Rain is expected in Los Angeles next week

(Luis Sinco/Los Angeles Times)

Rain is expected in Los Angeles next week

California Politics

Hannah Wiley

Dec. 16, 2023

It’s starting to look a lot like El Nio.

Rain is finally expected to roll through Los Angeles and Southern California starting Monday and lasting into next week, according to the National Weather Service.

Saturday’s sunny skies are expected to give way to some cloud cover on Sunday, with temperatures starting to drop slightly.

A warm, wet El Nio winter awaits California and much of the US

The chance of showers in Los Angeles County, including downtown, is expected to increase Monday with a 50% chance of rain.

The chance of light precipitation increases during the week, with a chance of thunder on Wednesday and Thursday. Temperatures are expected to drop into the low 60s all week.

Total rainfall expected from Sunday to Tuesday could reach 30% helped an inch of a storm system moving inland and expected to bring colder weather rain across Californiawrites the weather service on social media.

Is California’s wildfire season finally over? Don’t bet on it, experts say

Any precipitation could provide a respite to otherwise dry and somewhat windy weeks in Southern California, despite the state being in an El Nio weather pattern that the National Oceanic and Atmospheric Administration expects to bring an unusually warm spell to parts of the West and wet season will result.

Fact check me on the windy part.

Although Los Angeles is currently under no red flag warnings or other fire hazard warnings, the weather service has upgraded Los Angeles and Ventura counties to “locally brief critical fire conditions” through early Sunday, largely concentrated in the hills and mountains. due to wind and low humidity.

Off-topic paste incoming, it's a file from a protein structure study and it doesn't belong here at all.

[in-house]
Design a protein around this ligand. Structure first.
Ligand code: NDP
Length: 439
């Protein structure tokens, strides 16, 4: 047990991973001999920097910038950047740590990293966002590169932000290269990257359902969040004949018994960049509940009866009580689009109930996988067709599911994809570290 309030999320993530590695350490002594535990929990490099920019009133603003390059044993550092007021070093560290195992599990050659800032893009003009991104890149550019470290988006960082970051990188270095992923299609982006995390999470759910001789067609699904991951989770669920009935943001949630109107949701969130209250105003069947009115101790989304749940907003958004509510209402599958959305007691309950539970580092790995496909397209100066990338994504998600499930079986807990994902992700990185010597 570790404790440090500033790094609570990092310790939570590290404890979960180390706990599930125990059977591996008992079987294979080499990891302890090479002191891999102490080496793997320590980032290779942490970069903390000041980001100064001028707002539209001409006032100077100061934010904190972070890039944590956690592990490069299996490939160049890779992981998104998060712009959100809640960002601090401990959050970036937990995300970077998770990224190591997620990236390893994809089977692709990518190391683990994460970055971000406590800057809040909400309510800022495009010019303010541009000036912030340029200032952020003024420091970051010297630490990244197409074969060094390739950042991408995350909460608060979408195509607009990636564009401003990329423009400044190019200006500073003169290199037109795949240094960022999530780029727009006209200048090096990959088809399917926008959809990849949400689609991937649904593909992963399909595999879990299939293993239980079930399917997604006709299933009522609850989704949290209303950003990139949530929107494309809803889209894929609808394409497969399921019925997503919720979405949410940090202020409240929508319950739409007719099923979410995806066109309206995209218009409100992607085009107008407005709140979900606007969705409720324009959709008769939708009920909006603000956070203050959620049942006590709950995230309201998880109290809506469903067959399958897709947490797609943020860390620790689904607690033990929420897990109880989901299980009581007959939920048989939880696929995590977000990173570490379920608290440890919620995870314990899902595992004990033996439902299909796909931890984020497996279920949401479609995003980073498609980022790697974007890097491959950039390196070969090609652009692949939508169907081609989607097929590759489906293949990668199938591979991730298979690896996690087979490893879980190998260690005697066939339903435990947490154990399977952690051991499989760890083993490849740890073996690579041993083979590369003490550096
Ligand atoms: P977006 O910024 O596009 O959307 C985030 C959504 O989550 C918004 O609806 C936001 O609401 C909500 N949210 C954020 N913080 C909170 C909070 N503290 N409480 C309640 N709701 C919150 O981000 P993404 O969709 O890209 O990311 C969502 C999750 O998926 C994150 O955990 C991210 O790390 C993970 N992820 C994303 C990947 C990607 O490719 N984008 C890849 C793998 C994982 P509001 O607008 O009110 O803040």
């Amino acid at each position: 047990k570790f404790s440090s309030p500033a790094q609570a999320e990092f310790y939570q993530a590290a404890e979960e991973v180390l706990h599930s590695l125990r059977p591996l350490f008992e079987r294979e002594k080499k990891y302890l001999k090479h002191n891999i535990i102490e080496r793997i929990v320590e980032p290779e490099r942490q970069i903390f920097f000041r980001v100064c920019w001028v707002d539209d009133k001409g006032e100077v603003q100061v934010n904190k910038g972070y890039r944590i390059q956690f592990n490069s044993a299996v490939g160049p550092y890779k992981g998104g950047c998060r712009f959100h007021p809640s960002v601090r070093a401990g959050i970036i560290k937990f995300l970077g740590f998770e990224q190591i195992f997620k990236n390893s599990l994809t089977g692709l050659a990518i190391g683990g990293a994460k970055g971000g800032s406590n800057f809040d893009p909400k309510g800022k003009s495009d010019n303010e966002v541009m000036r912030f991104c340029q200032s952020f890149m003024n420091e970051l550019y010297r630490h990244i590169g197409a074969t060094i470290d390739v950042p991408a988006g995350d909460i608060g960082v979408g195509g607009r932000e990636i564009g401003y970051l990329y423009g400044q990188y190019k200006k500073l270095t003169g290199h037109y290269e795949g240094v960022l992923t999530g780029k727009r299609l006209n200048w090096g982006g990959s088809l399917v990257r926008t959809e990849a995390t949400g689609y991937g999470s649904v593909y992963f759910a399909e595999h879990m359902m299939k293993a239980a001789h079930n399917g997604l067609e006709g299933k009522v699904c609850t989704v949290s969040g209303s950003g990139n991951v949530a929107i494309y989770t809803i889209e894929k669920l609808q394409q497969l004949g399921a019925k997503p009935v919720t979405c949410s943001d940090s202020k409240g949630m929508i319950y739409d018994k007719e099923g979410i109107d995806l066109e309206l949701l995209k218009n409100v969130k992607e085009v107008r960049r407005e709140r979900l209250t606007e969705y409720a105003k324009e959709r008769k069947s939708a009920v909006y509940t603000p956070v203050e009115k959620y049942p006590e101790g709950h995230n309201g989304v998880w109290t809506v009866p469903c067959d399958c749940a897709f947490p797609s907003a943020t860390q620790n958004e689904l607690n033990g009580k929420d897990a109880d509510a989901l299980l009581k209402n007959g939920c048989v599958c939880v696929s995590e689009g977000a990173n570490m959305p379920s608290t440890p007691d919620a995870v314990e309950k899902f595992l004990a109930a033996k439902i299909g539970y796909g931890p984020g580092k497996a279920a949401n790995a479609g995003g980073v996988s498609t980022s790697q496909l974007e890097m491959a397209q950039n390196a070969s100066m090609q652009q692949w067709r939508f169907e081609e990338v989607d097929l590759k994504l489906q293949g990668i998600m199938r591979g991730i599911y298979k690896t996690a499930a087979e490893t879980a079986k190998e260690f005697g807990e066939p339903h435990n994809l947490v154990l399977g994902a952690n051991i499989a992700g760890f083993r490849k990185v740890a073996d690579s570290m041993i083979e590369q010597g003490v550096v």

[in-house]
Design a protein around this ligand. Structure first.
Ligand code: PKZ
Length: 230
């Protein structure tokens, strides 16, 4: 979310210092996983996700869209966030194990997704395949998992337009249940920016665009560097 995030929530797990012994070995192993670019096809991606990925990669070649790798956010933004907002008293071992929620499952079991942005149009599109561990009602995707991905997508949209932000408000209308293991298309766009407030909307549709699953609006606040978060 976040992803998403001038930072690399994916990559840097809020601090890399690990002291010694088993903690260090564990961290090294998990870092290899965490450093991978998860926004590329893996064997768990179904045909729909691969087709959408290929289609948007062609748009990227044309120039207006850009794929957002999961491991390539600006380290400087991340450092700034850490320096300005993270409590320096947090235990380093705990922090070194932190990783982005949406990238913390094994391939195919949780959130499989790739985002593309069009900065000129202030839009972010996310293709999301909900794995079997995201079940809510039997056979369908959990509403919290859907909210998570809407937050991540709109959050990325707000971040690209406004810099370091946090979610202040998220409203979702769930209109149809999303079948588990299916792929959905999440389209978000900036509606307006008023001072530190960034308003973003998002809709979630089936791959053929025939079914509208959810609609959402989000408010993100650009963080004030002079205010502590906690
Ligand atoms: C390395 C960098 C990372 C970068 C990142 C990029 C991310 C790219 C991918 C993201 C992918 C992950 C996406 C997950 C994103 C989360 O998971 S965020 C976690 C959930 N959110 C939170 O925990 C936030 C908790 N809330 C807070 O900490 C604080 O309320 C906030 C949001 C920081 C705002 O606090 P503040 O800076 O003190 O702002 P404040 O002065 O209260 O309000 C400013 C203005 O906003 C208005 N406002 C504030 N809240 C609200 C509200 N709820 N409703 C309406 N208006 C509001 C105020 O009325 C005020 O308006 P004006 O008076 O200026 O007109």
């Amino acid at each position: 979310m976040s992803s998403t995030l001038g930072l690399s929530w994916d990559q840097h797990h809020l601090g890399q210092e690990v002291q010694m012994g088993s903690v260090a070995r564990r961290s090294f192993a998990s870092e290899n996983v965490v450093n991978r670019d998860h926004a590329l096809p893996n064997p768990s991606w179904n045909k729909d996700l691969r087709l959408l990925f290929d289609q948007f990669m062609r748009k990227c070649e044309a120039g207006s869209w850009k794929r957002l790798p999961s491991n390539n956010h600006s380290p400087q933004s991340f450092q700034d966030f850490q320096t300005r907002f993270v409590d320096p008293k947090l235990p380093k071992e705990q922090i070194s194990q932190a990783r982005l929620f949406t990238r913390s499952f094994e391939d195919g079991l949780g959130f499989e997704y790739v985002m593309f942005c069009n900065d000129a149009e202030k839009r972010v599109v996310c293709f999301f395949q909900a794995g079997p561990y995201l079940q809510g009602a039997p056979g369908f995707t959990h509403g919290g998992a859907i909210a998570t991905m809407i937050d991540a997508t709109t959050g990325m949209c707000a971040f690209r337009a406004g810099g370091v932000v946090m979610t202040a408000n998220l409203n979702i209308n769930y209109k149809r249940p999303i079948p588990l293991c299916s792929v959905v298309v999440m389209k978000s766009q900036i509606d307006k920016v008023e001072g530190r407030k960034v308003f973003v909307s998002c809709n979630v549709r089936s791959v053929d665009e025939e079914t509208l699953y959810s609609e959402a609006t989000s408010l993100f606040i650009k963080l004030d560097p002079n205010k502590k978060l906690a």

“Gusts of 40 to 55 mph will be common, strongest through Sunday morning with isolated gusts up to 45 mph,” the weather service wrote. “Conditions will change quickly Sunday night with an active storm

pattern until next week.”

Unprecedented flooding from Hilary leaves Palm Springs and Coachella Valley reeling

California has had another mild wildfire season after dozens of atmospheric rivers ravaged the state earlier this year, bringing record rainfall.

Tropical Storm Hilary inundated Southern California with several more inches of rain in August, causing flooding in the Coachella Valley.

Weather experts expect a strong El Nio weather pattern through the first few months of 2024, increasing the chance of even more rain in California after years of drought and extreme wildfires.


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